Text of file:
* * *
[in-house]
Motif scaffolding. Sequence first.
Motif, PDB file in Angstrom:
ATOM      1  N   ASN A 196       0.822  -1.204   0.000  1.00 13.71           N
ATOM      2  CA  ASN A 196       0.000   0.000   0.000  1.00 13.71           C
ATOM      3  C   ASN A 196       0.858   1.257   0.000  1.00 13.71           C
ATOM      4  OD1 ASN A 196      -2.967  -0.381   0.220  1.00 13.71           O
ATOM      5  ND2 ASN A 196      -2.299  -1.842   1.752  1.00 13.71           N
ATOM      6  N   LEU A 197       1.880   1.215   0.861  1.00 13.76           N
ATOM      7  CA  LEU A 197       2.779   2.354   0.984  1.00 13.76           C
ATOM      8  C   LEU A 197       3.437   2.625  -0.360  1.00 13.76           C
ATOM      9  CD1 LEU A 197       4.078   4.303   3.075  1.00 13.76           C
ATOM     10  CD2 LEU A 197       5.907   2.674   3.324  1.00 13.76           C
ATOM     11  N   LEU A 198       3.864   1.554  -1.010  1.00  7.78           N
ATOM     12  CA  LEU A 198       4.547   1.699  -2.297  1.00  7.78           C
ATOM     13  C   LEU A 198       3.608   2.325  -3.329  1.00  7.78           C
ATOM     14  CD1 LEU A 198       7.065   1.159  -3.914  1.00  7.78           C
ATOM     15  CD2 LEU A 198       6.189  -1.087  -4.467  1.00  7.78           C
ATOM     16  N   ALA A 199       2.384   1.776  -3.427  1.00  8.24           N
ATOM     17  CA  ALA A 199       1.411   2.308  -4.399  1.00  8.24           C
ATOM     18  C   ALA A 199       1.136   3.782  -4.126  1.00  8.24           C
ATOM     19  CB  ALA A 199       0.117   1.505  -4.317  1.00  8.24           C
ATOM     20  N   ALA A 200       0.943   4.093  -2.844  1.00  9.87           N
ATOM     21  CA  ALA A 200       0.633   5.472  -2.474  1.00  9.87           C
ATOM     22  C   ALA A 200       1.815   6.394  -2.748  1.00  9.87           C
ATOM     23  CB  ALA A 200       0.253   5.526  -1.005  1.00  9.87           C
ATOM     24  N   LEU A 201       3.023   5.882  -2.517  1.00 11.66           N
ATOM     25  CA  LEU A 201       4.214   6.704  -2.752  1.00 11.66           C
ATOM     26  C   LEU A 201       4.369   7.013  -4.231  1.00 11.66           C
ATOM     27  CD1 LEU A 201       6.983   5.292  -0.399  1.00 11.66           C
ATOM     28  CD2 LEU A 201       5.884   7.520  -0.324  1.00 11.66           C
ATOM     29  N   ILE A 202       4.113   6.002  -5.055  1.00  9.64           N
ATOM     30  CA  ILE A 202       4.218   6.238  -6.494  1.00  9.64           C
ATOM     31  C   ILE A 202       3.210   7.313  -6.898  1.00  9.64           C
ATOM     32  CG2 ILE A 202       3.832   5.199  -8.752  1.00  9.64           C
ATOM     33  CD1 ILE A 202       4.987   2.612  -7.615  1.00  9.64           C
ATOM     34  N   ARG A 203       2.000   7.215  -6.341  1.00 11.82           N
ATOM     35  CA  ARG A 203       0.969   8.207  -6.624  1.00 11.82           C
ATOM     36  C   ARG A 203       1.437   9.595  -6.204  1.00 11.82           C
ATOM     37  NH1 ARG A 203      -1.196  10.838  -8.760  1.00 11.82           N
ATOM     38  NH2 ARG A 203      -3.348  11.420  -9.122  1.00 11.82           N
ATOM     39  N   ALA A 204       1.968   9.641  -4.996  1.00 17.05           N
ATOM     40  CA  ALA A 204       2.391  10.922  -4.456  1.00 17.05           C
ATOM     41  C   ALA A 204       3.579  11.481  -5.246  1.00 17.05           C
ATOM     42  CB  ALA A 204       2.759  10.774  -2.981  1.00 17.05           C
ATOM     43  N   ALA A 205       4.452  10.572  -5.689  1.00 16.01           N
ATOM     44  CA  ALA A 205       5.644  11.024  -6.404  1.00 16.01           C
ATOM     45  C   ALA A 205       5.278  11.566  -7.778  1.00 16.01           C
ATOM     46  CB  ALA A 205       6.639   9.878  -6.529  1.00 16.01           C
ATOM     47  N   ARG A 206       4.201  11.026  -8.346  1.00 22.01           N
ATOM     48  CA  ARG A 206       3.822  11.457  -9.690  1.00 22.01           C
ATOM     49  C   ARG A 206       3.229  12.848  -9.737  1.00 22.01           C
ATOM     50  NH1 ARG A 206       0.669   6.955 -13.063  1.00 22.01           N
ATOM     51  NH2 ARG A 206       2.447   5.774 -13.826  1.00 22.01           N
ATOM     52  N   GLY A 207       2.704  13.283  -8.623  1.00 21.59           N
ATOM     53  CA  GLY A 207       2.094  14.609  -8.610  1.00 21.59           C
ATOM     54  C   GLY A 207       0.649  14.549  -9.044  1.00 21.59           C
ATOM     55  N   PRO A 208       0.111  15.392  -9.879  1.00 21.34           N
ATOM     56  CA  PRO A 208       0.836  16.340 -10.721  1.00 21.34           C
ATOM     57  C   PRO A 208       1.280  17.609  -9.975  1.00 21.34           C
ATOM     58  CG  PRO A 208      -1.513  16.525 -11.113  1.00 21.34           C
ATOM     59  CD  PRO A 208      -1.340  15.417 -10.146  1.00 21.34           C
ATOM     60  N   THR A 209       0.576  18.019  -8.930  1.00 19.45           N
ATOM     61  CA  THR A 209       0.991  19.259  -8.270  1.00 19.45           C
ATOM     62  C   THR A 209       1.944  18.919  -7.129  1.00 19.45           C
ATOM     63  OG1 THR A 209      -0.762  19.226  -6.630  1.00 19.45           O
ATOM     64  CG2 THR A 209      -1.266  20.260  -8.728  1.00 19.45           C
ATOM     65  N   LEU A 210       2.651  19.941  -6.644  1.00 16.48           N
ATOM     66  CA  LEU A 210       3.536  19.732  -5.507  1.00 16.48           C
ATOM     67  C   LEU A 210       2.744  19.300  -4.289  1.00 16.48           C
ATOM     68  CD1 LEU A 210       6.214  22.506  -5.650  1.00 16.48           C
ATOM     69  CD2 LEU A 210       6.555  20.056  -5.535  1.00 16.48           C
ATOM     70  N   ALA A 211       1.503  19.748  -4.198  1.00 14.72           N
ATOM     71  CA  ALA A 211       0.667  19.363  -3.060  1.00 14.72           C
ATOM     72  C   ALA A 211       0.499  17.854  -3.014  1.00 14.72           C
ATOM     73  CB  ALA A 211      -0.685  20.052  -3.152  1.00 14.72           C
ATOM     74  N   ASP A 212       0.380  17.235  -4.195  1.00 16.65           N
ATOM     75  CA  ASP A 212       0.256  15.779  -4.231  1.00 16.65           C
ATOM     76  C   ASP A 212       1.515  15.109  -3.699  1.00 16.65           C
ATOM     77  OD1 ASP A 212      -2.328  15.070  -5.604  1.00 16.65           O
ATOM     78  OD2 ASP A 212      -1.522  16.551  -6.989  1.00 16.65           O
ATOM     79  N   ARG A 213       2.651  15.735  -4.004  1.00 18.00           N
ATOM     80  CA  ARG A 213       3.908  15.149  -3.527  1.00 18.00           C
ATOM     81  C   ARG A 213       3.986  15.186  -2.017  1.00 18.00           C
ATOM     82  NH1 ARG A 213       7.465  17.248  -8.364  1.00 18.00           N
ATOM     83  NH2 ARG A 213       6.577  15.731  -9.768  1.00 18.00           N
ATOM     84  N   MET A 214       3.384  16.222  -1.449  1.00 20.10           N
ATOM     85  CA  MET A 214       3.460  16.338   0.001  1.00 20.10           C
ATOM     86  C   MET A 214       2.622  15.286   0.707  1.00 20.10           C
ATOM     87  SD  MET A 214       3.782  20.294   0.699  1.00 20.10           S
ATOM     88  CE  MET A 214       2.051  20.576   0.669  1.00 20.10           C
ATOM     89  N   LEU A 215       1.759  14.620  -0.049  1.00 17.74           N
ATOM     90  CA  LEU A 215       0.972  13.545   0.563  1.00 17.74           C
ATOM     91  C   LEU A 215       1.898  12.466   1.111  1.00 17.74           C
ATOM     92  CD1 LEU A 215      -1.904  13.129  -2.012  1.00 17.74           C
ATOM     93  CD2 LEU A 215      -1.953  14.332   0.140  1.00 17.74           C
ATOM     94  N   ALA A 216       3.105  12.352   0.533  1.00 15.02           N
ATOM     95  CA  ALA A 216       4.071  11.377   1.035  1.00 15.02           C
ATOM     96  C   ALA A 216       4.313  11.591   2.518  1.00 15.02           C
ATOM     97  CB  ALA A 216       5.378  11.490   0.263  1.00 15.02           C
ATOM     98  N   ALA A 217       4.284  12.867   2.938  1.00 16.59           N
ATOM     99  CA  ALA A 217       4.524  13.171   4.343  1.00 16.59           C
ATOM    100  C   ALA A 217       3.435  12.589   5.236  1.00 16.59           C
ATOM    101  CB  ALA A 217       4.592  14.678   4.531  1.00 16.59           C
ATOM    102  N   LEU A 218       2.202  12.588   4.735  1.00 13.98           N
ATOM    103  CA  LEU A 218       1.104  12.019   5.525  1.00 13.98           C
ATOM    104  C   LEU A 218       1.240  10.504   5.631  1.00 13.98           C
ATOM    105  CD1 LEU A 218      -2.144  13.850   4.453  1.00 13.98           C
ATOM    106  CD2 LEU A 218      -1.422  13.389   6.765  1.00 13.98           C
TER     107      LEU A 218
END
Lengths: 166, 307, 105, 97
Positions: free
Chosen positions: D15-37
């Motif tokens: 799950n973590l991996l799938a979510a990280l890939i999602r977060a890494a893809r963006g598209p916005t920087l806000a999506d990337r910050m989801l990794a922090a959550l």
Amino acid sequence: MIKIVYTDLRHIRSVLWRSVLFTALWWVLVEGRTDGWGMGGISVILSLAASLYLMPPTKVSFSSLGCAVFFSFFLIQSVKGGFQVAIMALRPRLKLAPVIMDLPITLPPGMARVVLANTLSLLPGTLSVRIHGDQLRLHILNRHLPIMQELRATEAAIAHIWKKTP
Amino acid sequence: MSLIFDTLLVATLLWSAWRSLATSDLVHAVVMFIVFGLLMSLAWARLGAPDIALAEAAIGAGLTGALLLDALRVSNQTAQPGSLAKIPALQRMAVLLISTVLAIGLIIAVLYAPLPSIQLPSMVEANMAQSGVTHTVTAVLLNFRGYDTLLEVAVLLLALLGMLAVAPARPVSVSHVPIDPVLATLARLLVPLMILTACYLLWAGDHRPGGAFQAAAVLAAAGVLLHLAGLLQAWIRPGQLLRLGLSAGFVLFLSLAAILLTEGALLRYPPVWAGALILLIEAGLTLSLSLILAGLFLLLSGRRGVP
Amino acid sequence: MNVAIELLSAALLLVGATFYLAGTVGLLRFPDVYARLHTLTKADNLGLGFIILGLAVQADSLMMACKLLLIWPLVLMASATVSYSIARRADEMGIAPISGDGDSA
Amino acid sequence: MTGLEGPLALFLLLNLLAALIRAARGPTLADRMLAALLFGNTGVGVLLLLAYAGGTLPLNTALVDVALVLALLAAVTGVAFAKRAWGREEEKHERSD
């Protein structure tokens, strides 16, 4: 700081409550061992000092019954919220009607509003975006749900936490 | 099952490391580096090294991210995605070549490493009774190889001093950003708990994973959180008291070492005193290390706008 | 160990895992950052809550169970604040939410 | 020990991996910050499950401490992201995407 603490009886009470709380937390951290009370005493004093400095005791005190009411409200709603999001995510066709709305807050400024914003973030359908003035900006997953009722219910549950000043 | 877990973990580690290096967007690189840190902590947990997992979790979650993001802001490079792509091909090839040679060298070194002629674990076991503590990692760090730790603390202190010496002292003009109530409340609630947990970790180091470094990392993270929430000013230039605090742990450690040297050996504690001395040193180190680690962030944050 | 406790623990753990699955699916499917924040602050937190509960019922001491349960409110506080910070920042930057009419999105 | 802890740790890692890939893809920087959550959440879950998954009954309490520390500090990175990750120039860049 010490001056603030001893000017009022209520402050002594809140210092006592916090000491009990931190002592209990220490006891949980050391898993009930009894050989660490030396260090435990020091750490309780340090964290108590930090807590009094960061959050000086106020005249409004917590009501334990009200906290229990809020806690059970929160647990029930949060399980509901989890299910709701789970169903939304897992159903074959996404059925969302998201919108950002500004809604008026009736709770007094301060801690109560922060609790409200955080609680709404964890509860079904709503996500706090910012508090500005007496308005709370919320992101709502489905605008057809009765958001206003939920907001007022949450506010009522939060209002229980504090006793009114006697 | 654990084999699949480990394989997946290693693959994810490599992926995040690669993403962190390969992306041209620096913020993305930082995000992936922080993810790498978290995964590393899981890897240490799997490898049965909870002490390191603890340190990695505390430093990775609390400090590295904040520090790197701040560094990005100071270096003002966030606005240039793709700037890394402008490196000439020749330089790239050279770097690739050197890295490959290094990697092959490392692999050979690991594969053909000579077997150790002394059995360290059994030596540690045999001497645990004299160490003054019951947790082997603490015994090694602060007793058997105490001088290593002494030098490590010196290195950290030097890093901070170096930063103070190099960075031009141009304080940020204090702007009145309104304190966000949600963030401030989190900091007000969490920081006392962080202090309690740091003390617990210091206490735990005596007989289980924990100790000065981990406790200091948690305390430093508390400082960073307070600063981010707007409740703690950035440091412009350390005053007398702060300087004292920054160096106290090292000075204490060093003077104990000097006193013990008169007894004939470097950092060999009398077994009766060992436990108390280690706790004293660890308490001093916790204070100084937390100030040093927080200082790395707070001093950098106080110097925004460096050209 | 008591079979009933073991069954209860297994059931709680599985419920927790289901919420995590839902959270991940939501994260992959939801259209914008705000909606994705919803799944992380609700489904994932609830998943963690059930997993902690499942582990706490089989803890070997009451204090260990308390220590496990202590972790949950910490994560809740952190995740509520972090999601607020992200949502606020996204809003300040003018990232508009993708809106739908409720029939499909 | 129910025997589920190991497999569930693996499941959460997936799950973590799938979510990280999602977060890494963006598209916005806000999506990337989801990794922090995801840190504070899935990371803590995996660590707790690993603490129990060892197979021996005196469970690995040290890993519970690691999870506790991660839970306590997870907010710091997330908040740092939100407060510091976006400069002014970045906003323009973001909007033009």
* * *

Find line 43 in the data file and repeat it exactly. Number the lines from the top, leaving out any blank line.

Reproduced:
ATOM     40  CA  ALA A 204       2.391  10.922  -4.456  1.00 17.05           C